Finally, a day where I wasn’t expected to hare off on some emergency. Today’s little excitement was home-based.
The unseasonal weather was not being kind to my garden, so I spent much of the morning checking irrigation tubes and suchlike. I started at the stable, and my usual chores for the animals, then worked my way across.
Which of course meant I didn’t get to the bees until the sun had passed midday. The hives were silent. No movement, so sign of the workers. In fact, the garden had been unusually quiet all morning.
I circled the hives once, nothing seemed out of place, then squinted at the spot where my shadow fell against one hive wall. A funny, smoky mist briefly fluttered at the edge of my sight and I turned for the cottage.
I was going to need a few odds and ends to help with whatever was bothering my bees and top of my list was a hag stone.
I ran through the selection strung across the chimney and chose a broad, flat one. Dark, smooth, with a large hole through the centre, it was one of my favourites, largely because it was easy to see through.
Shrugging my cardigan on, for all that it was still a little too warm for it, I headed beack outside and poked my head around the corner of the cottage, scanning the bee’s home through the hag stone’s hole.
There, standing in the middle of my hives and trying to poke her smoky little fingers into them was a bad-mannered little ghost.
I hid the hagstone and ambled back towards the hives and casually sauntered around them again, this time dropping salt rocks from my helpful pocket. Not the powdered, ground-up stuff, I’d never be able to collect it again and do you know how bad that is for my soil?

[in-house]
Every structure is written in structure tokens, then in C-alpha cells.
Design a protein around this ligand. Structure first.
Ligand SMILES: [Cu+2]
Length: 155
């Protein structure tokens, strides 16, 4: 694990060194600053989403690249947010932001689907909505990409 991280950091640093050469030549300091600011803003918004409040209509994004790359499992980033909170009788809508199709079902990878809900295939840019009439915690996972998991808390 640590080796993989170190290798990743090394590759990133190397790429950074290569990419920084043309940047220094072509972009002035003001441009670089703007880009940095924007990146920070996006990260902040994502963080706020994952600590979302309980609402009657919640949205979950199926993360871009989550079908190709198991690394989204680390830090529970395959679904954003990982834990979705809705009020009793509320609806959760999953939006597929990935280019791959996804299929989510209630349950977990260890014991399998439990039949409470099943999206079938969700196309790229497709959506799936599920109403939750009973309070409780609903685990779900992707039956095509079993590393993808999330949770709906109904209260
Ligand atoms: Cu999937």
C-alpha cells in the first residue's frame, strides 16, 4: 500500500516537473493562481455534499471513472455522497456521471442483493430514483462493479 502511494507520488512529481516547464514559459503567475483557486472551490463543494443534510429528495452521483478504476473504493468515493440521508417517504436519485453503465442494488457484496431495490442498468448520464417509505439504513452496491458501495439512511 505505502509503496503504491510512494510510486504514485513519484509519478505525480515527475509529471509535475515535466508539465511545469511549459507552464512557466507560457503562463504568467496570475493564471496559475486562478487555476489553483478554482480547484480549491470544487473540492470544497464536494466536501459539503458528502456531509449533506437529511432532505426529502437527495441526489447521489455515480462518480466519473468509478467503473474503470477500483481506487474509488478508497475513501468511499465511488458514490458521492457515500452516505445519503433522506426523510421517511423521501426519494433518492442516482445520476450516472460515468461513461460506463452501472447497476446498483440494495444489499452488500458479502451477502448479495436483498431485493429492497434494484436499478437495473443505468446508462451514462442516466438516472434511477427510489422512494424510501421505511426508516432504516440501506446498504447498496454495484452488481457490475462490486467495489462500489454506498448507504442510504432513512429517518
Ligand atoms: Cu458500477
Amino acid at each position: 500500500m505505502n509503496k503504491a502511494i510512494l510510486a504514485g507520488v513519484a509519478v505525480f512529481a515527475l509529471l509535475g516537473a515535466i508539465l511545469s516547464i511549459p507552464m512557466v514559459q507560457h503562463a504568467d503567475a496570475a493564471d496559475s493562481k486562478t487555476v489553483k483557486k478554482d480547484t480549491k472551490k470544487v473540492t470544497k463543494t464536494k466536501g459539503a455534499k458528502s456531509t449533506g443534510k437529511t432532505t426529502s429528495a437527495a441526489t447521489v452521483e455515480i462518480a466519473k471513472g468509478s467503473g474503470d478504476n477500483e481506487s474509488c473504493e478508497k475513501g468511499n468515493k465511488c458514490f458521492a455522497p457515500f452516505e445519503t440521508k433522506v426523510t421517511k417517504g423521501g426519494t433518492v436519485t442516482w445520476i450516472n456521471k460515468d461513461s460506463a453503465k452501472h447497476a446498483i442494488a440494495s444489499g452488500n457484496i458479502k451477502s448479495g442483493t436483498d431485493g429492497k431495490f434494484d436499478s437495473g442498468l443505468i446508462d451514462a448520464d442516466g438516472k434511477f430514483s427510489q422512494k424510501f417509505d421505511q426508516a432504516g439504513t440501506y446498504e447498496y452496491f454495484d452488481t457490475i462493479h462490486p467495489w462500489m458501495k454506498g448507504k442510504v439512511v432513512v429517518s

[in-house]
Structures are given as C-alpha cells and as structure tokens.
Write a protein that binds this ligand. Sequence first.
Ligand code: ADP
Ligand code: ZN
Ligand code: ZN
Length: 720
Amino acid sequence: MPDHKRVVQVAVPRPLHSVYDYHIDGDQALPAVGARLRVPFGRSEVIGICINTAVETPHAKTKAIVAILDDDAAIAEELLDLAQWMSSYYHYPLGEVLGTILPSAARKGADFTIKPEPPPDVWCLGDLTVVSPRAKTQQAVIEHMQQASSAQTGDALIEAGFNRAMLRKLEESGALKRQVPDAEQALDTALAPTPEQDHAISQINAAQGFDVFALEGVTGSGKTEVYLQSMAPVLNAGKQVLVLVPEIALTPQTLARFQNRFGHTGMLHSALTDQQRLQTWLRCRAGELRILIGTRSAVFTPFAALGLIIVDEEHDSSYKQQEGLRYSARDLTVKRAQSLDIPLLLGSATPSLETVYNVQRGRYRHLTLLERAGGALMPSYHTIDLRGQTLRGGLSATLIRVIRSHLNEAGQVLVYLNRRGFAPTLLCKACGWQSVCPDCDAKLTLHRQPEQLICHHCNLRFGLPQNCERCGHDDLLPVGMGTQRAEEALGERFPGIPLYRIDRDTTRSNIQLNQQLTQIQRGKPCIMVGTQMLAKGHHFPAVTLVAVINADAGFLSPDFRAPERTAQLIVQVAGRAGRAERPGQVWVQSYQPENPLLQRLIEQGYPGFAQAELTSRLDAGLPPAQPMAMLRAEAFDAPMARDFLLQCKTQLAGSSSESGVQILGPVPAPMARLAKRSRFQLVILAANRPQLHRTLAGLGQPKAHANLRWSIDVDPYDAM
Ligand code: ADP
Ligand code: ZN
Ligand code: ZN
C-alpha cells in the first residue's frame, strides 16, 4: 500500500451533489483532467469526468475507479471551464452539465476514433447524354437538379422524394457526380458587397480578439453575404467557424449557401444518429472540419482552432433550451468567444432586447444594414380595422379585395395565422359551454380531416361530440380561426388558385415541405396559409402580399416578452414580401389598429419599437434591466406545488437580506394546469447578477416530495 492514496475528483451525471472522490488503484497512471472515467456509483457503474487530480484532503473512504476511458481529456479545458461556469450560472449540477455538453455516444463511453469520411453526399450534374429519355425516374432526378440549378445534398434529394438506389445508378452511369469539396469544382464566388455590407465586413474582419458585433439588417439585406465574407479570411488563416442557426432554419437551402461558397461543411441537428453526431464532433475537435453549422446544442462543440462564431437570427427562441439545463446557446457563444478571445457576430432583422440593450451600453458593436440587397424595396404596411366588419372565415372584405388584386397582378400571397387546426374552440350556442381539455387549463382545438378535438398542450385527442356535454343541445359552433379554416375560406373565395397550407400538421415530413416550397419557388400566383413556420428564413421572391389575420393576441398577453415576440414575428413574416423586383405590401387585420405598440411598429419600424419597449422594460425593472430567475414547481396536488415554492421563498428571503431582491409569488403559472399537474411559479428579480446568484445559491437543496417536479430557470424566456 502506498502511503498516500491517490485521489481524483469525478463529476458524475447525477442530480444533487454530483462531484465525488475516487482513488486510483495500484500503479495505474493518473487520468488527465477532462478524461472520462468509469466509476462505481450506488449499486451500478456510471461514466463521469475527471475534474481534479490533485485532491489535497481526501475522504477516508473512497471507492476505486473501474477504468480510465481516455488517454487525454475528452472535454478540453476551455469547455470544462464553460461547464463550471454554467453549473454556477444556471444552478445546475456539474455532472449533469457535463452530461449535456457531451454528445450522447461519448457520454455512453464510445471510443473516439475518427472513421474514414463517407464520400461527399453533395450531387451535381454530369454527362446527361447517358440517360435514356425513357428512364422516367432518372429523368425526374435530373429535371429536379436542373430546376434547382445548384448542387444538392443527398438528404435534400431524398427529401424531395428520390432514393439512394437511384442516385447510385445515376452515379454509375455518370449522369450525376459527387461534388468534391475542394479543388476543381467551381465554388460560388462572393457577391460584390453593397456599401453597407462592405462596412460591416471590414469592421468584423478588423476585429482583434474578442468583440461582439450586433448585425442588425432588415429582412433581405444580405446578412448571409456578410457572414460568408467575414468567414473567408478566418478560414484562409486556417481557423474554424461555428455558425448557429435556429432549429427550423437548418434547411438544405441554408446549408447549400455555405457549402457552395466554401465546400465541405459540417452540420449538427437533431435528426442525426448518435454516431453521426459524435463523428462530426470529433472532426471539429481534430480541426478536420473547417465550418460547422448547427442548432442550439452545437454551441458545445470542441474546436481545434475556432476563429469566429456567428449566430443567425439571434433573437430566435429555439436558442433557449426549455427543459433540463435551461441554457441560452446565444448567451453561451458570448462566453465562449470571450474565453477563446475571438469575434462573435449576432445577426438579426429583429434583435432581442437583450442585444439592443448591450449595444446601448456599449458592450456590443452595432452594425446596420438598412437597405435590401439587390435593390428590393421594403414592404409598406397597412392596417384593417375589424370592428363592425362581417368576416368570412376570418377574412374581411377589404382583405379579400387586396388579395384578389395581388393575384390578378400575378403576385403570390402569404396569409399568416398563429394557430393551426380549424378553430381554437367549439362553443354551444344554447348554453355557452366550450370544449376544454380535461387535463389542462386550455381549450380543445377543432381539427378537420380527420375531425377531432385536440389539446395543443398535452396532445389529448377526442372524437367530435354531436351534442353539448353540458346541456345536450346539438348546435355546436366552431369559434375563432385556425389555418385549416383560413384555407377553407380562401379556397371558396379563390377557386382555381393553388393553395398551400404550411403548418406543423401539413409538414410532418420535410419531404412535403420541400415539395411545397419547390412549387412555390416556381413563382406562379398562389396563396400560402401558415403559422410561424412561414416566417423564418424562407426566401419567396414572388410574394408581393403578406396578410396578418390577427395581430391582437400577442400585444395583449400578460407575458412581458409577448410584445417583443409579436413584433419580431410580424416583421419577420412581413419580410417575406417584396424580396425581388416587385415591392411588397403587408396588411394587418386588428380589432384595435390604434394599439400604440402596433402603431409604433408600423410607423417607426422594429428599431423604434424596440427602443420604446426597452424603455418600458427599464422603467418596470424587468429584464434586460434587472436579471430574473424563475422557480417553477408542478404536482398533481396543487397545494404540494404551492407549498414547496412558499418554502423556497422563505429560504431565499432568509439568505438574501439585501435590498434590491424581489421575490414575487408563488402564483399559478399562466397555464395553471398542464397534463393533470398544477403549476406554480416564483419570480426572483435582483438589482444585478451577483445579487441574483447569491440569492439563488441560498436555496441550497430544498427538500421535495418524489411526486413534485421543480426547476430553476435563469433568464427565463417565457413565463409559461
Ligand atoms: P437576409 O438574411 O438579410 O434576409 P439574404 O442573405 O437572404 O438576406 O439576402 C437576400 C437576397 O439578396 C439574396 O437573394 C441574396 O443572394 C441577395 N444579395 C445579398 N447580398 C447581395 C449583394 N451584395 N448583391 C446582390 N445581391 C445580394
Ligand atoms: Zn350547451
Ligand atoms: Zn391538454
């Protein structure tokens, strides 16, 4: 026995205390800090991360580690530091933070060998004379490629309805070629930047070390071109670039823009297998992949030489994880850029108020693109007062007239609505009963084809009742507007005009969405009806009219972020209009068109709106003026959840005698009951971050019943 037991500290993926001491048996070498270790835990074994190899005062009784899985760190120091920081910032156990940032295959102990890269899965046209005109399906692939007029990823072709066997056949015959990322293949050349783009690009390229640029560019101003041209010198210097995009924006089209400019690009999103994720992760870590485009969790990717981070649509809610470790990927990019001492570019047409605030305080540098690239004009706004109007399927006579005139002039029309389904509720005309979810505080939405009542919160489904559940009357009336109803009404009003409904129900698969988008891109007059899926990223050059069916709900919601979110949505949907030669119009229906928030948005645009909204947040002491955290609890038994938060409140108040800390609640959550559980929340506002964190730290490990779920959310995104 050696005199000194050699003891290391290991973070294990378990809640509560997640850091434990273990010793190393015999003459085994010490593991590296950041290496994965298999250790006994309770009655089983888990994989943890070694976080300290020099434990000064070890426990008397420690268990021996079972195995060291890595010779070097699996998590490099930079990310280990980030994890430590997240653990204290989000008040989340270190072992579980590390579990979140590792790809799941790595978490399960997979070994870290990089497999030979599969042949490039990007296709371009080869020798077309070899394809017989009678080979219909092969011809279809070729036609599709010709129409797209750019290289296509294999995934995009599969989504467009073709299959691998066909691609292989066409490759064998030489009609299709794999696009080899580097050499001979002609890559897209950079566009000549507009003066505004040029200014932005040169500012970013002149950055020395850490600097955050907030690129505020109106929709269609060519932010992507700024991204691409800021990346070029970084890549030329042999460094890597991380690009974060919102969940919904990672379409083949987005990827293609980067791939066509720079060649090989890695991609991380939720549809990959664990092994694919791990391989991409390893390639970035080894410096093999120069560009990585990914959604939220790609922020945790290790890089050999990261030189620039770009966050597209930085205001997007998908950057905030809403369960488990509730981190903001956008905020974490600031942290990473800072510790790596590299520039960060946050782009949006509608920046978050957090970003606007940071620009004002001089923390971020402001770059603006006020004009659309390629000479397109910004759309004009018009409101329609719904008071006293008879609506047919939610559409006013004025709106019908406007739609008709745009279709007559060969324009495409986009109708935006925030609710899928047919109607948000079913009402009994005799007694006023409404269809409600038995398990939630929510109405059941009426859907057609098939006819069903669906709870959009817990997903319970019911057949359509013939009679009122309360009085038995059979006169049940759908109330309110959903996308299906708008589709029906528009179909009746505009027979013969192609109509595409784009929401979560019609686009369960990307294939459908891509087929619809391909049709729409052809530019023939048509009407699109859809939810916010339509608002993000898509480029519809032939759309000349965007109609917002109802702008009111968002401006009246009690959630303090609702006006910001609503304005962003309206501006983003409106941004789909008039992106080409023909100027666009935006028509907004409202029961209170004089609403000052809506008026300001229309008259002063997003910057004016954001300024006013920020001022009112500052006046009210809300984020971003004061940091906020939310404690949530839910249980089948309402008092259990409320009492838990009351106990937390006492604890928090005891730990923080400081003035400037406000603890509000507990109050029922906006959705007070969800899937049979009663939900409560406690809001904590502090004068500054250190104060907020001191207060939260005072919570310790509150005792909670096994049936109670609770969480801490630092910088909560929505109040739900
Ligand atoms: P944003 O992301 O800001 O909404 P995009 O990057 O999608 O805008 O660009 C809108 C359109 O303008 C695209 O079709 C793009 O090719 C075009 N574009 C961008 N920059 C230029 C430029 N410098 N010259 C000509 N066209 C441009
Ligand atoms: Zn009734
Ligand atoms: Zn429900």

I completed the circle and muttered the charm to seal it, with me, the ghost and the bees inside.
I looked through the hag stone again. That wiped the smirk from the little brat’s smudgy face. She looked around, then darted through a hive towards the forest, only to come up hard against my salt circle.
You can’t cross your arms while you’re holding a hag stone, I really should come up with some sort of eyepatch for them, so I settled for a hand on my hip and a stern glare.
“What do you think you’re doing, pestering my bees?”
The ghost looked sulky and turned away from me. If that’s the way she wanted to play it, fine.
I set another line of salt rock across my circle, trapping her inside it, away from the hives.
I called to the bees. “You can come out now. I have her contained.”
They boiled out of the hives in a black cloud of temper and gathered behind me. Keeping an eye on the now nervous spirit, I added.
“What was she after anyway?”
The swarm rose and fell, forming letters and patterns and suggestions of images.
I returned my full attention to the ghost. “You were trying to steal honey? First, no one steals from my bees. Second, you’re dead and from the look of you, have been for quite some time, you can’t touch it, you can’t eat it. What in All the Powers were you at?”
She hunkered down, trying to find a gap in my circle, still refusing to communicate. I wasn’t having that.
I pulled a spirit jar from my cardigan and poured a little honey from the nearest hive into it (my bees knew what I was doing and while they certainly twitched, they remained focused on their thief.
I set it on the ground next to my second salt line, and opened a small gap.
“Very well. If you want honey, come and get it.”
I stepped back, the bees still behind me and the ghost glanced between me and the jar, then sped towards it. It was a good thing she’d not been out and about much; spirit jars don’t look that much like honey pots after all.
In she went, and the seals activated. She was stuck in there until I chose to get her out. And I would choose to get her out when I found a way to communicate with her. In the meantime, she had her honey and she could think about actions and consequences.
Of course it then took the best part of an hour to collect the salt back into my pocket and I had to scramble for the last few as the rain finally decided to arrive.
All in all, for a quiet day at home, I earned my tea that afternoon.